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South Regional Reports

Conifers for Gardens in the South

Fine Gardening – Issue 178

See regional picks for conifers, and read the article by Andrew Brand for even more ideas.

Evergreen conifers provide the bones for any landscape. They offer a variety of colors, textures and habits all year long. While conifers are sometimes relegated to the rear or boundary of a property where they politely screen out nosy neighbors or unkempt yards, these plants can make wonderful additions to all parts of a garden.” Read more Conifers for Any Size Landscape.

 


Wintergreen Umbrella Pine
Photo: Doreen Wynja

1. ‘Wintergreen’ Umbrella Pine

Name: Sciadopitys verticillata ‘Wintergreen’

Zones: 5–8

Size: 25 to 30 feet tall, 15 to 20 feet wide

Conditions: Full sun; best in moist, rich, acidic, well-drained soil

While umbrella pine can grow up to 30 feet tall at maturity, most gardeners get to enjoy the smaller-sized version of this living fossil because it grows so slowly. Our 11-year-old specimen has developed into a perfectly symmetrical teardrop shape, 6 feet tall by 5 feet wide, with foliage so dense, you can’t see through it. This cultivar’s large, glossy needles remain dark green throughout winter. Umbrella pine is native to the humid and rainy cloud forests of Japan, so it isn’t going to like drought or drying winds. It’s perfect as a no-maintenance specimen plant in a spacious mixed border. Who wouldn’t want the only member of the Sciadopityaceae family growing in their garden?

 

White Tip Japanese Cedar
Photo: courtesy of Philip Schretter

2. White Tip Japanese Cedar

Name: Cryptomeria japonica ‘Knaptonensis’

Zones: 5–8

Size: 4 to 6 feet tall, 2 to 3 feet wide

Conditions: Full sun with afternoon shade; average to slightly moist, well-drained, acidic soil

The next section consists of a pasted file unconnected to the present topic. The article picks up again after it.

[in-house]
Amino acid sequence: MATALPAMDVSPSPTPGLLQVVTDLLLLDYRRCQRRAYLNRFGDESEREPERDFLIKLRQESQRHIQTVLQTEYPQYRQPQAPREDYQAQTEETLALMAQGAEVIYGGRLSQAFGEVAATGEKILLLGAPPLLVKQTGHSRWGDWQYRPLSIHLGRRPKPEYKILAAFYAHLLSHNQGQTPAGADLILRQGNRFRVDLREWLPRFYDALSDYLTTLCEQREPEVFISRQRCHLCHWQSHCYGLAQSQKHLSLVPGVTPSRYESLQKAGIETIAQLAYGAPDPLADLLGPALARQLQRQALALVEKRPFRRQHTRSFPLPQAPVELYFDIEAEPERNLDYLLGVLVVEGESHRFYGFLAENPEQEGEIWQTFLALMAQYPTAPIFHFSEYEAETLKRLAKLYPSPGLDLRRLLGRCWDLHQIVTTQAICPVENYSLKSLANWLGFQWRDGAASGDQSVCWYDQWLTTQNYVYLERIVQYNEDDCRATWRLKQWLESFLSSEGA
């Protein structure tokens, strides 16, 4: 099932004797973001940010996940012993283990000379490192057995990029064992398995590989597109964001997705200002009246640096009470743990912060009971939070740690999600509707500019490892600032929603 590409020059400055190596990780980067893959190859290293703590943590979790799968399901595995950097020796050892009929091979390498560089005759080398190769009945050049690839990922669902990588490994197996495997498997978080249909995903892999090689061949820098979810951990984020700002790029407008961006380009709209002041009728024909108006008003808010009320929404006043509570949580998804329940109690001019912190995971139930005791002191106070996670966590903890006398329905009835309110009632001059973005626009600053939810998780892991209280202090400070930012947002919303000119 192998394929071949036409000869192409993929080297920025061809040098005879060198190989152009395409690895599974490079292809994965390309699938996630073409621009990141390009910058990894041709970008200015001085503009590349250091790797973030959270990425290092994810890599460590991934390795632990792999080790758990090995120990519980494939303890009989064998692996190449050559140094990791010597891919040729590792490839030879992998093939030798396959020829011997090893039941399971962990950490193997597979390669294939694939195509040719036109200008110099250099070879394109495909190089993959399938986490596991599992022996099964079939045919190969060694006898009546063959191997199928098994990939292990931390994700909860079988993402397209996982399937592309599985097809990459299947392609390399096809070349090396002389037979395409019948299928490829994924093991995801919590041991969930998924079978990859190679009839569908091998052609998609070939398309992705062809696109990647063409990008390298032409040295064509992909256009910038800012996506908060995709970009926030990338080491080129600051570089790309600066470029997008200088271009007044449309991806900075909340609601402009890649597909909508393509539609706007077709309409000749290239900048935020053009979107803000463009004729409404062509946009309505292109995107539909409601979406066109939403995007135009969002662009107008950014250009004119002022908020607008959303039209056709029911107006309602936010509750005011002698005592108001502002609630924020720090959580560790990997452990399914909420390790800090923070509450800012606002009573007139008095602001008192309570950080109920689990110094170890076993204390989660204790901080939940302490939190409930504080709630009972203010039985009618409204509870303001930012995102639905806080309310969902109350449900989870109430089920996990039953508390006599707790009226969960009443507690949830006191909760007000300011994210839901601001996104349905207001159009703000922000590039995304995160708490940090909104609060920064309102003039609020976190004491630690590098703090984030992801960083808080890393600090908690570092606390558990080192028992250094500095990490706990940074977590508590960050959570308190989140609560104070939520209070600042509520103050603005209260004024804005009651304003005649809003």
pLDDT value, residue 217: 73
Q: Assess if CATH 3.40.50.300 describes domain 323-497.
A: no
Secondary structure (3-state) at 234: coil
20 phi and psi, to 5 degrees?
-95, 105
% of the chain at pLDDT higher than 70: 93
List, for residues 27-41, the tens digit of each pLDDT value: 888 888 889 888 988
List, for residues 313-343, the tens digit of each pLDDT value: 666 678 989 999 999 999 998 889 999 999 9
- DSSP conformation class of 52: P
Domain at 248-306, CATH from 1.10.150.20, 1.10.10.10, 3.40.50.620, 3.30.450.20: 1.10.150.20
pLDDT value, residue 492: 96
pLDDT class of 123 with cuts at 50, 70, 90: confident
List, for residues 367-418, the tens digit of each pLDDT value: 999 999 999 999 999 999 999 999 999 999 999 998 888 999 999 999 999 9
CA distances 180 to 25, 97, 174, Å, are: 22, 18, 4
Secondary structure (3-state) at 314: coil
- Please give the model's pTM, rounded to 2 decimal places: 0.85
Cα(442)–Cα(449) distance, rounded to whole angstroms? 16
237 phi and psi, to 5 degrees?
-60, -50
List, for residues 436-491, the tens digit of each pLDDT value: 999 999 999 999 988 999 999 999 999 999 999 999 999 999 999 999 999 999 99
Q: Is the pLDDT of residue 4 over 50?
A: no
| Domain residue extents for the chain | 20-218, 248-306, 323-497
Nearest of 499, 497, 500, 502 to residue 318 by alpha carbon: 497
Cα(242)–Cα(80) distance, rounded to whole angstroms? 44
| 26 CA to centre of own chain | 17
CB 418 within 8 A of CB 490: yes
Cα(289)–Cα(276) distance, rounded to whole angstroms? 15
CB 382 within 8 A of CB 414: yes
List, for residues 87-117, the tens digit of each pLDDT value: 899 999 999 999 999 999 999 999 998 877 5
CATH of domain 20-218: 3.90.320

This conifer is hard to ignore, with new foliage that emerges a brilliant pure white. Our 11-year-old plants are 6 feet tall with an upright, semi-columnar shape and a tight, compact growth habit. The white variegation atop lime-green foliage turns a creamy color in the summer heat but changes back to white in the cooler months of fall. These deer-resistant plants appreciate regular watering during our hot summers, and a layer of pine straw or bark mulch, but they don’t require any other maintenance. The most important consideration is providing afternoon shade, so we have ours planted on the east side of a tall juniper that blocks the western sun.

 

Golden Dwarf Hinoki Cypress
Photo: courtesy of Philip Schretter

3. Golden Dwarf Hinoki Cypress

Name: Chamaecyparis obtusa ‘Nana Lutea’

Zones: 4–8

Size: 4 feet tall and 3 feet wide

Conditions: Full sun to light shade; sandy to clay, well-drained soil

The lemon-gold foliage of this slow-growing conifer may be the best reason to grow it—but not the only one. I love the way this plant feels; its soft and springy branches are unlike most other prickly conifers. I also like how easy it is to care for. We haven’t pruned or fertilized this plant since it was installed 14 years ago, and its foliage seems unaffected by our hot and humid climate. It even shows a great degree of drought tolerance, once established. Give it some space; good air circulation and exposure to sunlight on all sides will prevent thinning foliage and brown tips.

 

Dwarf Elkhorn Cedar
Photo: Jennifer Benner

4. Dwarf Elkhorn Cedar

Name: Thujopsis dolabrata ‘Nana’

Zones: 5–9

Size: 3 feet tall and 4 feet wide

Conditions: Full sun to light shade; average, well-drained soil

Dwarf elkhorn cedar satisfies two requirements for Deep South gardeners: It will grow in dry shade under live oaks, and deer won’t eat it. This bun-shaped mounding plant is remarkably durable and will grow in most soils, sun or shade, as long as there is good drainage. A slow growth rate and a dwarf habit eliminate any need to prune this spreading plant to keep it looking good. When used as a ground cover, it grows tall and dense enough to crowd out most weeds with only the occasional tree seedling poking through. This plant’s thick, flat sprays have an interesting forking pattern that resembles elk horns or antlers, contributing to its common name. I’ve always thought it looks like spike moss (Selaginella spp. and cvs., Zones 7–10) on steroids.


Philip Schretter directs the development of the Armstrong State University Arboretum in Savannah, Georgia.

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